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                            NATURAL TREASURE
         World's Largest Environmental Restoration Will Restore
                   Natural Flow to Florida Everglades
                           December 11, 2000

President Clinton today officially launched a historic restoration of the Florida Everglades, aimed at reviving millions of acres of sawgrass prairies, mangrove and cypress swamps, hardwood hammocks, and coral reefs. In signing the Everglades Restoration Act, the President began a 30-year, $7.8 billion effort to restore this natural treasure, an effort that enjoys broad, bipartisan support and has been a major environmental priority for the Administration. The Comprehensive Everglades Restoration Plan will return a natural flow of water through the Everglades, which has seen over 70 percent of its historic flows diverted to supply water to farms and communities and roughly half of its acres lost to agriculture and development.

Reviving a Natural Treasure, America's "River of Grass" President Clinton and Vice President Gore have made the restoration of the Florida Everglades a major environmental priority. Today, President Clinton turned that aim into a reality when he signed the Water Resources Development Act of 2000, authorizing the Comprehensive State Everglades Restoration Plan. A broad coalition of national and local environmental, agricultural, business, and citizen groups helped develop the plan, which guides restoration of the Everglades for the next 30 years. The plan seeks to nearly double the amount of fresh water available to South Florida, ensuring clean, plentiful flows for the Everglades and adequate supplies for the region's cities and farms.

Over the past half century, levees and canals built to control floods and deliver water to farms and growing communities have deprived the Everglades of 70 percent of its historic flows. Roughly half of the Everglades has been lost to agriculture and development. Populations of wading birds have plummeted 90 to 95 percent. Scores of species are gone or -- like the American crocodile and Florida panther -- in danger of extinction. From Lake Okeechobee to Everglades National Park to the coral reefs of the Florida Keys, South Florida's entire ecosystem is in peril. At the same time, the region's population is projected to double by 2050, and continued environmental decline threatens to undermine the region's thriving tourist economy.

Launching History's Largest Environmental Restoration Effort The Everglades Restoration Plan represents an historic opportunity to save the Everglades and ensure a sustainable economic future for South Florida. Its principal aim is to capture and clean much of the water that now flows unused to sea and deliver it when and where it is needed most. Key features include:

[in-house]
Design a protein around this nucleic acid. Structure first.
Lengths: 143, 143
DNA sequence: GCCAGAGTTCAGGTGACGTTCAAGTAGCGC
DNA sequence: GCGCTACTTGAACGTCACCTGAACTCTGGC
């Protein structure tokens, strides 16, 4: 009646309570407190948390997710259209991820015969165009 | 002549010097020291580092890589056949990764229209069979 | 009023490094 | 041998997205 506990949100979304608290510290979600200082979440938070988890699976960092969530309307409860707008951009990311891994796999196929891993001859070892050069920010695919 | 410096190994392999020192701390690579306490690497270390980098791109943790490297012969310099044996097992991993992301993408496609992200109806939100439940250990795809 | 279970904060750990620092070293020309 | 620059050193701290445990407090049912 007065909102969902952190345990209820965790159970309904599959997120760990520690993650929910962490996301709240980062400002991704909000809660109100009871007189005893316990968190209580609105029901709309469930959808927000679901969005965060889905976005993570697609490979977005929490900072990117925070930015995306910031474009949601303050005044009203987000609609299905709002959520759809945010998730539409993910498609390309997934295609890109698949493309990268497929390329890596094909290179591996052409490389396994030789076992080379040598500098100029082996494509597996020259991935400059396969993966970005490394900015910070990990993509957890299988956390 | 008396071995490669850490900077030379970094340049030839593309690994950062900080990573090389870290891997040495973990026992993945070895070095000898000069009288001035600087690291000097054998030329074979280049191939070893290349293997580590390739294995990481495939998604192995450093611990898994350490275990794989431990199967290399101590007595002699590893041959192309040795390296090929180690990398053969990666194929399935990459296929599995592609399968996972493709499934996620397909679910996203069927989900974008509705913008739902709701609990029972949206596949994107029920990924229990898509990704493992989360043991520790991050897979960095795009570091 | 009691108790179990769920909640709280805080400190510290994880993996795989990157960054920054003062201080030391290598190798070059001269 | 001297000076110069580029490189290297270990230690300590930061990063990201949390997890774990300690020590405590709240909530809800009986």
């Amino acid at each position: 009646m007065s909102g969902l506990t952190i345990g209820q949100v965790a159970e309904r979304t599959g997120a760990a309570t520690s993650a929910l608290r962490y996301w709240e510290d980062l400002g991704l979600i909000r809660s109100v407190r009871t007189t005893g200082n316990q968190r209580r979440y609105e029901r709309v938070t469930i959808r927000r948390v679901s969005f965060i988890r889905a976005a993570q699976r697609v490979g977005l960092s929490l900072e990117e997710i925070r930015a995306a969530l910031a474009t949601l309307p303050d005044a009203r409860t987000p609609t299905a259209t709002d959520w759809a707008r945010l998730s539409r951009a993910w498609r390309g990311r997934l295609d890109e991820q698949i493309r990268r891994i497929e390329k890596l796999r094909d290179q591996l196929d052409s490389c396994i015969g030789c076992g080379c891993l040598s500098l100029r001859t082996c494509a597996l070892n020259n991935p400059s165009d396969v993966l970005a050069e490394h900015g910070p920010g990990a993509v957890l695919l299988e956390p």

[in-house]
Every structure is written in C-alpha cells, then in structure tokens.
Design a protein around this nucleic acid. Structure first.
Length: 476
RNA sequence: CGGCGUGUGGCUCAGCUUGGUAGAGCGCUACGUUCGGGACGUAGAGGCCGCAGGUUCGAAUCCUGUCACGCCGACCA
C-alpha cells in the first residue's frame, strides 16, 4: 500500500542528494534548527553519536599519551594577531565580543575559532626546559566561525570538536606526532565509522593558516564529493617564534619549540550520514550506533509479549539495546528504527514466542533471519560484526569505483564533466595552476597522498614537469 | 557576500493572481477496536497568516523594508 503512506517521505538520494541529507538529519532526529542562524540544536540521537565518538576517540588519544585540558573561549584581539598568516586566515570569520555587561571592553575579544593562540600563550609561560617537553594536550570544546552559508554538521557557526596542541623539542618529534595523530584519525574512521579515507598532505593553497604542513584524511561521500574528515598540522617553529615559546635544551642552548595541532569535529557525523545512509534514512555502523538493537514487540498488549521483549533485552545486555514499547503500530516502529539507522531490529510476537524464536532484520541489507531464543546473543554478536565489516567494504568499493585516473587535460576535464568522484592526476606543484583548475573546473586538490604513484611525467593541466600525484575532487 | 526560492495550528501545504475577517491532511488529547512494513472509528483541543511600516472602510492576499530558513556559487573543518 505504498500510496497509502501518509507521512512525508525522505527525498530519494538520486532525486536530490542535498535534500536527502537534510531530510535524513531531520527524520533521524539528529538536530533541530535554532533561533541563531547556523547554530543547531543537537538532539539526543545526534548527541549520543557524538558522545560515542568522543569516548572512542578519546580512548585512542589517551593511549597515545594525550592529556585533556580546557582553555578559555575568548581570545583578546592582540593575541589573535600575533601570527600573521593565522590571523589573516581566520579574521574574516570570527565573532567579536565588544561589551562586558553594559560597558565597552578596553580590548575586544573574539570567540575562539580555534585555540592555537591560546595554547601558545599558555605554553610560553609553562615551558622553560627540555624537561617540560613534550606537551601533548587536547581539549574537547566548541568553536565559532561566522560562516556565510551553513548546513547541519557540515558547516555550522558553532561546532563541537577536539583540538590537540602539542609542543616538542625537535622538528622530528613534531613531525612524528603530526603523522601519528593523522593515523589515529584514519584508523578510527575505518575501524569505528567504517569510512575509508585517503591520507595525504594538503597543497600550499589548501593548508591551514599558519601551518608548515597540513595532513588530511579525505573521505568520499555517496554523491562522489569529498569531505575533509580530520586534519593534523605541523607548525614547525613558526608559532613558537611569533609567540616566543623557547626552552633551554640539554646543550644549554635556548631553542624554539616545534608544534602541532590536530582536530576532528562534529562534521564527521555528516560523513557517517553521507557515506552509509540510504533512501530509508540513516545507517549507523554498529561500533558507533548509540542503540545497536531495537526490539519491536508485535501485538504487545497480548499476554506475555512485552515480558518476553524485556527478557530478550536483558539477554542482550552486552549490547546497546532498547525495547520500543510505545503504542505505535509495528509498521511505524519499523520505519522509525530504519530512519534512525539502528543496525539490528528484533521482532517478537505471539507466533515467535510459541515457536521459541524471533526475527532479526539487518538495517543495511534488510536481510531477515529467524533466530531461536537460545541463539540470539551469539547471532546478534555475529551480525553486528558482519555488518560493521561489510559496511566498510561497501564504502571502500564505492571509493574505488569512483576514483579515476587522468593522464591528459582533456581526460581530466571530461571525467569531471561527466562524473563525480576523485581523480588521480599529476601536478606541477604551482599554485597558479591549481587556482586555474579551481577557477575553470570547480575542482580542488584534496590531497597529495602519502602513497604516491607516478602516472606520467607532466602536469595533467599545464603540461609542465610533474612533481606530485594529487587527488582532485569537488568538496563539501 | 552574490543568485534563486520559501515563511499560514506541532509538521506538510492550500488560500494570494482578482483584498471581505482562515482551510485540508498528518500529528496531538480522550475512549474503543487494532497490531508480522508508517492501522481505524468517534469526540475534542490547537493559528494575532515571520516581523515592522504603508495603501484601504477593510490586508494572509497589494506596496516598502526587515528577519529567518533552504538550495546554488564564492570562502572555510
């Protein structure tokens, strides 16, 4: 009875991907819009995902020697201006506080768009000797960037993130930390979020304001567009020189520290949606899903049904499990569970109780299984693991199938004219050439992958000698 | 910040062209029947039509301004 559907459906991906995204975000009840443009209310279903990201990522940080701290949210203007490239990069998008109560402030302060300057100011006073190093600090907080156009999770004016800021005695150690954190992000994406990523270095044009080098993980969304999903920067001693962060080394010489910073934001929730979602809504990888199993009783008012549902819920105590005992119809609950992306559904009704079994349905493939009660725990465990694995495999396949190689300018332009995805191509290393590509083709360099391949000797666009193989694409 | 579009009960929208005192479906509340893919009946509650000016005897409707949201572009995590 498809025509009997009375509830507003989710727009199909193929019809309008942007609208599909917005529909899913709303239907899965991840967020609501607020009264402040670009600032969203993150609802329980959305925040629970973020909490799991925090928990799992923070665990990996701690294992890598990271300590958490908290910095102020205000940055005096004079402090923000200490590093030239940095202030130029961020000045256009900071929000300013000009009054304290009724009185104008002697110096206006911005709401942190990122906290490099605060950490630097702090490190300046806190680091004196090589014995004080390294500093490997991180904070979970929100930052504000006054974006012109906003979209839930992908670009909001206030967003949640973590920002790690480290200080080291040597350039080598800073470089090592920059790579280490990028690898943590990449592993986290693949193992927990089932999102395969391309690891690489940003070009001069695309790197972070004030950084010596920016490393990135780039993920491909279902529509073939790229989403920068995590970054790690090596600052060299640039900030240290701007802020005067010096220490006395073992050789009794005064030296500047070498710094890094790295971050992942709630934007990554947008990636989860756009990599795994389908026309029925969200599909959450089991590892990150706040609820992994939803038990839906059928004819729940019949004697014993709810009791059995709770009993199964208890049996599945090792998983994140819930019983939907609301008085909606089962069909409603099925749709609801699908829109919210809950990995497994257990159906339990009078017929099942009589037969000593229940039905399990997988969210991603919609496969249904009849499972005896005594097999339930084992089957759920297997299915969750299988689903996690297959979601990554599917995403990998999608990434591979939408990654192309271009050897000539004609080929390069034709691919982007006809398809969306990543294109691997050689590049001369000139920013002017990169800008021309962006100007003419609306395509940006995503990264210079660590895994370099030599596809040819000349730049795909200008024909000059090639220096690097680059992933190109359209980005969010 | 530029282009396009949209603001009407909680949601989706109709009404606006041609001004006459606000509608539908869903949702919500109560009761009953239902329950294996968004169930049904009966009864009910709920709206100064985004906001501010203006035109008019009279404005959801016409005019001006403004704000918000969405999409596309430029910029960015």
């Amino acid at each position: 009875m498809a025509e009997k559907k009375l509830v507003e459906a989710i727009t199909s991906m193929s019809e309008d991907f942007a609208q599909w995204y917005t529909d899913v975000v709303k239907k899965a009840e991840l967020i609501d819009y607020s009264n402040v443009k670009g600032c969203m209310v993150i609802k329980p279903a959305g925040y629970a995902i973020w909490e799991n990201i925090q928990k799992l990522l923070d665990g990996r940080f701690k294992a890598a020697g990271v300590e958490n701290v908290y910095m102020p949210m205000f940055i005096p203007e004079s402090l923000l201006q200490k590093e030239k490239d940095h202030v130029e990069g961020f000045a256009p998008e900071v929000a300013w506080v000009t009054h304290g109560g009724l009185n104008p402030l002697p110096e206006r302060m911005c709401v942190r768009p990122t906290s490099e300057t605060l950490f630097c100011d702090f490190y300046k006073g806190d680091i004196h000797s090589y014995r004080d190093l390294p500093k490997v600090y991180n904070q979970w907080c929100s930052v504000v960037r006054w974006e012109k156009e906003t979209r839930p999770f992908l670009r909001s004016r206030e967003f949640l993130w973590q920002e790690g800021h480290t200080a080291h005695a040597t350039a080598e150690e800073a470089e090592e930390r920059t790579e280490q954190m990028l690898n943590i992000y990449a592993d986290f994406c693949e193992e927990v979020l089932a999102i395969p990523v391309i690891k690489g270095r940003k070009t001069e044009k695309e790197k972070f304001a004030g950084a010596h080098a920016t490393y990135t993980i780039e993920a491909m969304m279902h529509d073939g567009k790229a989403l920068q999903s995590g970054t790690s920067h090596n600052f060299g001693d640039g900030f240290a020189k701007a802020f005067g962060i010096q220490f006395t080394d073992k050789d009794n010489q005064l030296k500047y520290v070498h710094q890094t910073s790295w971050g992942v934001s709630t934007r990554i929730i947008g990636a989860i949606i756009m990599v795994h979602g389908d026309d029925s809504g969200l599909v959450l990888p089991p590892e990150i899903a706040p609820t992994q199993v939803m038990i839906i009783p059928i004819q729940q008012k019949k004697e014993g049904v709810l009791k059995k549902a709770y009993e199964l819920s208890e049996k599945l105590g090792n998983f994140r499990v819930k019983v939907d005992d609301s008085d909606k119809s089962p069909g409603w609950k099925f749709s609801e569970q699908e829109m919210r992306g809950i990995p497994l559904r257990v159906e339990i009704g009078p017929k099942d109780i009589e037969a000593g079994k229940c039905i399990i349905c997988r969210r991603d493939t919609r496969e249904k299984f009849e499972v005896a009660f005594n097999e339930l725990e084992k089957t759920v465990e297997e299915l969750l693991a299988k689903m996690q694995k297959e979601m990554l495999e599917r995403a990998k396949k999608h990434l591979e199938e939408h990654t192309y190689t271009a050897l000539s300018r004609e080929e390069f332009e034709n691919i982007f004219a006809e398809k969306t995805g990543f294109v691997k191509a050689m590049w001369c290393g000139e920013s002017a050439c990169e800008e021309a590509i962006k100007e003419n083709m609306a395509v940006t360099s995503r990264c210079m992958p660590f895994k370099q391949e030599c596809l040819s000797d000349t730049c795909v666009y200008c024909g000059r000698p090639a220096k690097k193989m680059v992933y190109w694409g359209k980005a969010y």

-- raising 20 miles of highway, and removing 240 miles of levees and canals, to help restore natural "sheet flows"; -- 181,250 acres of above-ground reservoirs with a capacity of 1.54 million acre-feet;
-- 300 wells to store and retrieve water from underground aquifers; -- 35,600 acres of wetlands to naturally filter polluted runoff; and -- reuse of 220 million gallons a day of wastewater.

When completed, the Plan will generate an additional 1.1 million acre-feet of water a year. Eighty percent of the "new" water will be committed to environmental restoration, with the remaining 20 percent ensuring adequate supplies for cities and farms through 2050. Rebuilding the region's water system to more closely mimic nature's design will:

Preserving America's Waterways, Estuaries, and Oceans The Water Resources Development Act of 2000 that the President signed also allows for major efforts to deepen channels into the New York/New Jersey harbor, improve the Puget Sound ecosystem, and restore the estuary of the lower Columbia River. In addition, the bill strengthens the authority of the Corps of Engineers to evaluate water resource needs of watersheds throughout the nation.

The President's action today builds on a remarkable record of coastal and ocean protection. President Clinton and Vice President Gore have taken bold steps to keep our beaches clean, safeguard our coasts from the risks of offshore oil development, and protect dolphins and other marine mammals. To better address the long-term challenges, the President and Vice President launched a national dialogue leading to a comprehensive strategy for strengthening federal ocean policy for the 21st century. And just last week the President established an 84-million acre coral reef reserve -- the nation's largest protected area -- off Hawaii's northwestern islands.

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